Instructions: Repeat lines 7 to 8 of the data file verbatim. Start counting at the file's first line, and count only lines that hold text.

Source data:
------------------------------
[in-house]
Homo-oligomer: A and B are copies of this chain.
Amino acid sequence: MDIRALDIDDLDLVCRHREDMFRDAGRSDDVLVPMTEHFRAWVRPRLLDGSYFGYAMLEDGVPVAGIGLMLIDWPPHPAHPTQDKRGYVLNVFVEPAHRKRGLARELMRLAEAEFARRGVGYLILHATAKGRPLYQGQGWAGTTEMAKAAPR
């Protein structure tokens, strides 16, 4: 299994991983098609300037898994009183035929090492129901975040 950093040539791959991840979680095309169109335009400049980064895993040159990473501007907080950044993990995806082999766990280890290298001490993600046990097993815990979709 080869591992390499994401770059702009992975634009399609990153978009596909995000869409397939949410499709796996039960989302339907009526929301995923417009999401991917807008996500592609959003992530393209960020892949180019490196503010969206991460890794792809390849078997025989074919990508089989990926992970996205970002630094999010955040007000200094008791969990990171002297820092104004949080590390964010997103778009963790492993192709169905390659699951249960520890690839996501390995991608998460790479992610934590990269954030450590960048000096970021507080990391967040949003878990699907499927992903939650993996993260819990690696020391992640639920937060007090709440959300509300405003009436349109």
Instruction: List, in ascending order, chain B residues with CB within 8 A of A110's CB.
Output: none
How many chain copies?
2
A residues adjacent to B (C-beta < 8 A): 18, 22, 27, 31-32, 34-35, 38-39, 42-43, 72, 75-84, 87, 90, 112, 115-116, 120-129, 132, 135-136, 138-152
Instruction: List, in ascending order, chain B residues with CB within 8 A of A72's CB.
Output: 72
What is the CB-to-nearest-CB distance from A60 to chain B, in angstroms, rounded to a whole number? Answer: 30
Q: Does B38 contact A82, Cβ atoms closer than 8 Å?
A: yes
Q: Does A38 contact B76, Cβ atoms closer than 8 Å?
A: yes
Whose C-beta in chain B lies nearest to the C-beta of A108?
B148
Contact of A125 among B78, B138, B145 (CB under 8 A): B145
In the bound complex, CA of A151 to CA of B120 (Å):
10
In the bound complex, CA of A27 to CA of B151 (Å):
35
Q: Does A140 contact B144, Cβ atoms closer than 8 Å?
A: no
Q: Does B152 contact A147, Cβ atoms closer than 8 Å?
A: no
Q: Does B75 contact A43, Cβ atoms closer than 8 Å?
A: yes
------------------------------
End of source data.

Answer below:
How many chain copies?
2